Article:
Submaximal Blood Lactate and Heart Rate Measurements as Indicators of Training Status in College Distance Runners

G. Patrick Lambert, David L. Costill

Research output: Contribution to journalArticle

Abstract

Seven highly trained male college distance runners were studied throughout a competitive cross-country season. Common laboratory and field measurements were used to assess their physiological adaptation to training. They were tested before (pre), during (mid), and at the end of the competitive season (post) for peak oxygen consumption (V̇O2peak), running economy (RE), fractional utilization of the aerobic capacity (%V̇O2peak), and time to exhaustion (TTE). One or 2 days prior to each scheduled competition, submaximal heart rate (HR) and submaximal blood lactate accumulation (bLa) were determined during a 1.61-km (1 mile) run on an indoor track. Five subjects ran at a 17.6-km·hr-1 pace while the other 2 ran at a 16.1-km·hr-1 pace, which corresponded to an estimated mean (±SE) intensity of 83.1% (±4.4) of preseason V̇O2peak. V̇O2peak, RE, %V̇O2peak, and TTE all improved significantly over the season (p < 0.05). The field measures of HR and bLa remained unchanged during this same period. These results suggest that the field trials employing single HR and single bLa measurements (<80-85% V̇O2peak) were not sensitive to changes in endurance capacity in 7 highly trained distance runners.

Original languageEnglish (US)
Pages (from-to)93-97
Number of pages5
JournalJournal of Strength and Conditioning Research
Volume10
Issue number2
DOIs
StatePublished - Jan 1 1996
Externally publishedYes

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Lactic Acid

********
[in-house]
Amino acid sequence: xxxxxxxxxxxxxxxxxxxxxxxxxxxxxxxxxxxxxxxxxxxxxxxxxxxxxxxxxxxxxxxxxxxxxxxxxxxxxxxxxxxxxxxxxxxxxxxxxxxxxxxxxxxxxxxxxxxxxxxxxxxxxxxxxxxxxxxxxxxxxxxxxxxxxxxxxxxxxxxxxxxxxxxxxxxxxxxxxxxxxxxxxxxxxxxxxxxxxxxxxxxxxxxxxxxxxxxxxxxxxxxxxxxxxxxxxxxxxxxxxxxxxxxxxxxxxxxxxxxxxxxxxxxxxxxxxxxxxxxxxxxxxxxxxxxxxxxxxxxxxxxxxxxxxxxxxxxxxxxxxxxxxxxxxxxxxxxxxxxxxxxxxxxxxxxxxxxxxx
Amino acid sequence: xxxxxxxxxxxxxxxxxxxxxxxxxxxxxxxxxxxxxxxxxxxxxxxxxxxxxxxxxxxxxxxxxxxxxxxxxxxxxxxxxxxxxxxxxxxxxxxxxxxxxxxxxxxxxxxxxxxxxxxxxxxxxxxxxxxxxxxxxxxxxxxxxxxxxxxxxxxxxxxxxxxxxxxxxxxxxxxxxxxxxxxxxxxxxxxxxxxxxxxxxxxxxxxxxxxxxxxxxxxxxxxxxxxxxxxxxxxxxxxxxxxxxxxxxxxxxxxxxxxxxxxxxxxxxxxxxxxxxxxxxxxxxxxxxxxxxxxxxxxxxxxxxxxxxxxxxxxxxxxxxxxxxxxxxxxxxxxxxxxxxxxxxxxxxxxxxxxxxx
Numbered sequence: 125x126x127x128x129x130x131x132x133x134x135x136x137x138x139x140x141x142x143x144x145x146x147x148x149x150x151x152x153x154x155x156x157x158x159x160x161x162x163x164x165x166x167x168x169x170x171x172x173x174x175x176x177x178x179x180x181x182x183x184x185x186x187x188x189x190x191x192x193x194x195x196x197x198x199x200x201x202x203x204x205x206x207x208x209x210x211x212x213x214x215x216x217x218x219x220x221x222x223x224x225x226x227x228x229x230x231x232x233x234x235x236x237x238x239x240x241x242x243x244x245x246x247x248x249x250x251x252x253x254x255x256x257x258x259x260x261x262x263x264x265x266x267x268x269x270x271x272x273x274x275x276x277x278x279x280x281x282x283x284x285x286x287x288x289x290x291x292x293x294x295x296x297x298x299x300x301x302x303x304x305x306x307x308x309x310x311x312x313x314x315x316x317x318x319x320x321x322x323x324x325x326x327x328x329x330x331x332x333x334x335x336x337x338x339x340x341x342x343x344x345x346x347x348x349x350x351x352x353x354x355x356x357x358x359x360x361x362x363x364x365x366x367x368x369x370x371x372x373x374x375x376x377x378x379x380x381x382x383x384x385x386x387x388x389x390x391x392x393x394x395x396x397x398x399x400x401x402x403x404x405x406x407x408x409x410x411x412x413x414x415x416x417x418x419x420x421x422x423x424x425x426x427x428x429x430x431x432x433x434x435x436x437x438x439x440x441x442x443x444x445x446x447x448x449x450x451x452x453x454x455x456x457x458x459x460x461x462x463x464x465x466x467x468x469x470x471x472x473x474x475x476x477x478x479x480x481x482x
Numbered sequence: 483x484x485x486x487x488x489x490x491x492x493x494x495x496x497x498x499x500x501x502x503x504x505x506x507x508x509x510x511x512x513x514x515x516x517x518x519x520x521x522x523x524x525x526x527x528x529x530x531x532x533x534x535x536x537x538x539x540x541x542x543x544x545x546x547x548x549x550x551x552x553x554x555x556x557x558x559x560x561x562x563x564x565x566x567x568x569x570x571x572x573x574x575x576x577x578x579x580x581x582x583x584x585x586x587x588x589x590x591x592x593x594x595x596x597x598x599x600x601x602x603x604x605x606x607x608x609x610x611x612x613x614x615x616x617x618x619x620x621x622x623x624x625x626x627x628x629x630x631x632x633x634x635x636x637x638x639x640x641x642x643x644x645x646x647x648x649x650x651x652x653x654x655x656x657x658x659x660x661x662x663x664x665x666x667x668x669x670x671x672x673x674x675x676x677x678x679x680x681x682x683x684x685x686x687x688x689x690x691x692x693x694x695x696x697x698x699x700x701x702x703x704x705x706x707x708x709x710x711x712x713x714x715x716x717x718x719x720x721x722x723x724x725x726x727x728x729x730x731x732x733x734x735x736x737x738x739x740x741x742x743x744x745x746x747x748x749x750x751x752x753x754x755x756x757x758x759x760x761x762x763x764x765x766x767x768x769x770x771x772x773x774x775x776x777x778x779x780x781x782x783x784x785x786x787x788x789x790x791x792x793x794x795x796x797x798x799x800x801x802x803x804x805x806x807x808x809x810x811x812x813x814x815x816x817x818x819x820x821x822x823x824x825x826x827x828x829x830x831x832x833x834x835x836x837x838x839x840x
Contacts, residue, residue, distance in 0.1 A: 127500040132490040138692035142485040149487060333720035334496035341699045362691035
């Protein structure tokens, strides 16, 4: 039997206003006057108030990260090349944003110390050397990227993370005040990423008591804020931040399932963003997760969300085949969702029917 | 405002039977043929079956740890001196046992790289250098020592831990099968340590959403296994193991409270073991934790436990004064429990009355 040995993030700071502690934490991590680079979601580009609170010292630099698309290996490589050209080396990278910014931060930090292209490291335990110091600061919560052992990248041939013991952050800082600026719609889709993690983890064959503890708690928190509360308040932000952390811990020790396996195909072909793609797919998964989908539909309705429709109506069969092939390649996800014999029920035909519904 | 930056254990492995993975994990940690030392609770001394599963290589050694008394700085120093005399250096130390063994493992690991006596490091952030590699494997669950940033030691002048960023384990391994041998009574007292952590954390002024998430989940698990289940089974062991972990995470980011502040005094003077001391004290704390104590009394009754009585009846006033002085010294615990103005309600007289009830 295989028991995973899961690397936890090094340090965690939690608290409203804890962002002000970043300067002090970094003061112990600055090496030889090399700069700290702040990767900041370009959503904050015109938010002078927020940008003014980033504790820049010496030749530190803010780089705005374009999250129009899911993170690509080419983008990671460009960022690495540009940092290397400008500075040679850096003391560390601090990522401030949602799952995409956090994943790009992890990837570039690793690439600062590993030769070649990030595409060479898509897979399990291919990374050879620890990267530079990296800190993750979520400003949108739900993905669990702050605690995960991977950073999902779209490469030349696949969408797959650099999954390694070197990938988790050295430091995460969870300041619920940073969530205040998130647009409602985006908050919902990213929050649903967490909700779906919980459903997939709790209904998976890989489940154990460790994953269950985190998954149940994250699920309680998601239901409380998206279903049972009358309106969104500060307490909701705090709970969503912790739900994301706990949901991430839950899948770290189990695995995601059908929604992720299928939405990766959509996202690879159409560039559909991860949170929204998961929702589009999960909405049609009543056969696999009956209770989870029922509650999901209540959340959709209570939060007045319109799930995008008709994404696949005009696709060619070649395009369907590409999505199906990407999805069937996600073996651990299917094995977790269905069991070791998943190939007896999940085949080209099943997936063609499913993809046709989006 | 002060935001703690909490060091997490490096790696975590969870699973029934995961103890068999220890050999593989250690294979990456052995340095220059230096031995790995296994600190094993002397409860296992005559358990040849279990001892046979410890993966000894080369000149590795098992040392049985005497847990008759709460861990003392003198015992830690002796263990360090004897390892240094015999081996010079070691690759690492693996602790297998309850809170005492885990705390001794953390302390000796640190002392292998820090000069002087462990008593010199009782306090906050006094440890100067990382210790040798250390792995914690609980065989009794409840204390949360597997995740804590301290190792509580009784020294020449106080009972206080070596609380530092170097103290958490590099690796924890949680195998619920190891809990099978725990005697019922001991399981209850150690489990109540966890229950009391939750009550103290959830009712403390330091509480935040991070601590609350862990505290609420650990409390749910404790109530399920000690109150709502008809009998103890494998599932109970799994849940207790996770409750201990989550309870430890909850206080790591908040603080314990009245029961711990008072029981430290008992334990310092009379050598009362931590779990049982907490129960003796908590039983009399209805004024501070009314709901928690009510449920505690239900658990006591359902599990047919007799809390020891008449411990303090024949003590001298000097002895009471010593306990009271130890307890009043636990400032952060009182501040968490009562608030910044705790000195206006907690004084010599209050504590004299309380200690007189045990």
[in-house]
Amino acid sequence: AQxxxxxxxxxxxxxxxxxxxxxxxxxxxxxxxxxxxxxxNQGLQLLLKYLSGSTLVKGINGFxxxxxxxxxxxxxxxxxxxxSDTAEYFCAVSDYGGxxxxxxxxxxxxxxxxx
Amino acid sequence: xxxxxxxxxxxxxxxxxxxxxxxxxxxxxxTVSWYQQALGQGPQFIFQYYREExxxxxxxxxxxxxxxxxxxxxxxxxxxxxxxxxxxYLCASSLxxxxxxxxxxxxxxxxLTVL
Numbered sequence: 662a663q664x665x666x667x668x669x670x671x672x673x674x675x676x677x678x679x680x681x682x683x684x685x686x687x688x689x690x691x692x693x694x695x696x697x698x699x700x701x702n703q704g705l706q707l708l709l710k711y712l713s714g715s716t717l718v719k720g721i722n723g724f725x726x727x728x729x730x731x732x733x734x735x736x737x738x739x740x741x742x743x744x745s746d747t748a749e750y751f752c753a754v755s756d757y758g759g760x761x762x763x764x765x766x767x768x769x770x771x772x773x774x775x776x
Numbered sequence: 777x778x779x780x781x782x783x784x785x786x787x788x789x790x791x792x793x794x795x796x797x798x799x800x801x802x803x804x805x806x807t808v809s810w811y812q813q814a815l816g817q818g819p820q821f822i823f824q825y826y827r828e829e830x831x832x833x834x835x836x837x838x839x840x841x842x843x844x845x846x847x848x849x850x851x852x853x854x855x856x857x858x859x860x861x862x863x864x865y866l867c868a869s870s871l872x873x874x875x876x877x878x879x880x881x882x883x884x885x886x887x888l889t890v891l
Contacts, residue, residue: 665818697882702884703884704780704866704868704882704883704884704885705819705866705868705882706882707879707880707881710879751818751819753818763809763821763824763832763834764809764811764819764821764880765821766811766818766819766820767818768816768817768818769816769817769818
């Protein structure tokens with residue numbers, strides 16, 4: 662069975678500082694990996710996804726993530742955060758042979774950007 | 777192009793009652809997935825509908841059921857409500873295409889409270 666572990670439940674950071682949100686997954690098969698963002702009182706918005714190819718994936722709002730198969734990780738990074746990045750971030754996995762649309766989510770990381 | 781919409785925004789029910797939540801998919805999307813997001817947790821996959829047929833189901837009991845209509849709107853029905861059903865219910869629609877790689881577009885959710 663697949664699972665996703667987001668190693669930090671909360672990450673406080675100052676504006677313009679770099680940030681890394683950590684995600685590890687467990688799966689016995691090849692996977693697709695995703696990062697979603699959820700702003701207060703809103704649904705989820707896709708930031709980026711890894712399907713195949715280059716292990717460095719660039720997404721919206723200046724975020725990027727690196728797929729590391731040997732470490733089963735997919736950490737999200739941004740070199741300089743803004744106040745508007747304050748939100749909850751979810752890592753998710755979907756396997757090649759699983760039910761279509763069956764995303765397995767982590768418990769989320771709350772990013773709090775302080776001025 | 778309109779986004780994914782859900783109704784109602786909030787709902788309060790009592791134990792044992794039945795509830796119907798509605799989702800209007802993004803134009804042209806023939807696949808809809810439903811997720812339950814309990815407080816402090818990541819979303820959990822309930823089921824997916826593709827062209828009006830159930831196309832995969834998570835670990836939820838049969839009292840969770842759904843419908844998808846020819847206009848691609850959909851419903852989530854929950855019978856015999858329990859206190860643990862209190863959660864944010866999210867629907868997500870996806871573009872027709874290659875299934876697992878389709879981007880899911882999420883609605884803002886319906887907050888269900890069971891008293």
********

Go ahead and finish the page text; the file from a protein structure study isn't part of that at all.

Heart Rate
Physiological Adaptation
Oxygen Consumption
rat Ran 2 protein

All Science Journal Classification (ASJC) codes

  • Orthopedics and Sports Medicine
  • Physical Therapy, Sports Therapy and Rehabilitation

Cite this

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abstract = "Seven highly trained male college distance runners were studied throughout a competitive cross-country season. Common laboratory and field measurements were used to assess their physiological adaptation to training. They were tested before (pre), during (mid), and at the end of the competitive season (post) for peak oxygen consumption (V̇O2peak), running economy (RE), fractional utilization of the aerobic capacity ({\%}V̇O2peak), and time to exhaustion (TTE). One or 2 days prior to each scheduled competition, submaximal heart rate (HR) and submaximal blood lactate accumulation (bLa) were determined during a 1.61-km (1 mile) run on an indoor track. Five subjects ran at a 17.6-km·hr-1 pace while the other 2 ran at a 16.1-km·hr-1 pace, which corresponded to an estimated mean (±SE) intensity of 83.1{\%} (±4.4) of preseason V̇O2peak. V̇O2peak, RE, {\%}V̇O2peak, and TTE all improved significantly over the season (p < 0.05). The field measures of HR and bLa remained unchanged during this same period. These results suggest that the field trials employing single HR and single bLa measurements (<80-85{\%} V̇O2peak) were not sensitive to changes in endurance capacity in 7 highly trained distance runners.",
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